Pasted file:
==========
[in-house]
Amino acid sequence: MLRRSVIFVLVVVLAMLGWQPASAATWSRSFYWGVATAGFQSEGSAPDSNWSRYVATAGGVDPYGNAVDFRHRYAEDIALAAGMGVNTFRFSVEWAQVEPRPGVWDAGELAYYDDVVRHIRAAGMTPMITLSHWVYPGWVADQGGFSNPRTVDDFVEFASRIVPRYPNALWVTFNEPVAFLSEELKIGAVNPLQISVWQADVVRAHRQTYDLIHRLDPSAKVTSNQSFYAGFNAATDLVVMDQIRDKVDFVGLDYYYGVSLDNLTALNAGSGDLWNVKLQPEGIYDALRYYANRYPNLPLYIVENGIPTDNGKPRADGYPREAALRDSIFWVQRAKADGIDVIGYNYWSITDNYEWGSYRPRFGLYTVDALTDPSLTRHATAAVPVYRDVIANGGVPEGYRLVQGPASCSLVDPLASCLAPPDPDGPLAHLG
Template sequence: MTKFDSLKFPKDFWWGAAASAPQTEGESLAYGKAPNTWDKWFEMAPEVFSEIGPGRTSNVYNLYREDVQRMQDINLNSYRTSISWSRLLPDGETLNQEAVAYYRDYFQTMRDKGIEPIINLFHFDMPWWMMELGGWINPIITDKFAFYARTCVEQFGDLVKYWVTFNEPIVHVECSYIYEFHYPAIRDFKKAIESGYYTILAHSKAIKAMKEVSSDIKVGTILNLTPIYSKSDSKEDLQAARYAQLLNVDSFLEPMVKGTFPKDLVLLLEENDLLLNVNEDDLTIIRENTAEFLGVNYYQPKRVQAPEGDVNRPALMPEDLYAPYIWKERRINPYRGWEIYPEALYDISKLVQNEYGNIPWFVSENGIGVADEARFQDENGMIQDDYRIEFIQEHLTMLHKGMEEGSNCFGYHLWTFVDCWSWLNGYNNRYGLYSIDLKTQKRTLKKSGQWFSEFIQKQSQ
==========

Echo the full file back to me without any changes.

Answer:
[in-house]
Amino acid sequence: MLRRSVIFVLVVVLAMLGWQPASAATWSRSFYWGVATAGFQSEGSAPDSNWSRYVATAGGVDPYGNAVDFRHRYAEDIALAAGMGVNTFRFSVEWAQVEPRPGVWDAGELAYYDDVVRHIRAAGMTPMITLSHWVYPGWVADQGGFSNPRTVDDFVEFASRIVPRYPNALWVTFNEPVAFLSEELKIGAVNPLQISVWQADVVRAHRQTYDLIHRLDPSAKVTSNQSFYAGFNAATDLVVMDQIRDKVDFVGLDYYYGVSLDNLTALNAGSGDLWNVKLQPEGIYDALRYYANRYPNLPLYIVENGIPTDNGKPRADGYPREAALRDSIFWVQRAKADGIDVIGYNYWSITDNYEWGSYRPRFGLYTVDALTDPSLTRHATAAVPVYRDVIANGGVPEGYRLVQGPASCSLVDPLASCLAPPDPDGPLAHLG
Template sequence: MTKFDSLKFPKDFWWGAAASAPQTEGESLAYGKAPNTWDKWFEMAPEVFSEIGPGRTSNVYNLYREDVQRMQDINLNSYRTSISWSRLLPDGETLNQEAVAYYRDYFQTMRDKGIEPIINLFHFDMPWWMMELGGWINPIITDKFAFYARTCVEQFGDLVKYWVTFNEPIVHVECSYIYEFHYPAIRDFKKAIESGYYTILAHSKAIKAMKEVSSDIKVGTILNLTPIYSKSDSKEDLQAARYAQLLNVDSFLEPMVKGTFPKDLVLLLEENDLLLNVNEDDLTIIRENTAEFLGVNYYQPKRVQAPEGDVNRPALMPEDLYAPYIWKERRINPYRGWEIYPEALYDISKLVQNEYGNIPWFVSENGIGVADEARFQDENGMIQDDYRIEFIQEHLTMLHKGMEEGSNCFGYHLWTFVDCWSWLNGYNNRYGLYSIDLKTQKRTLKKSGQWFSEFIQKQSQ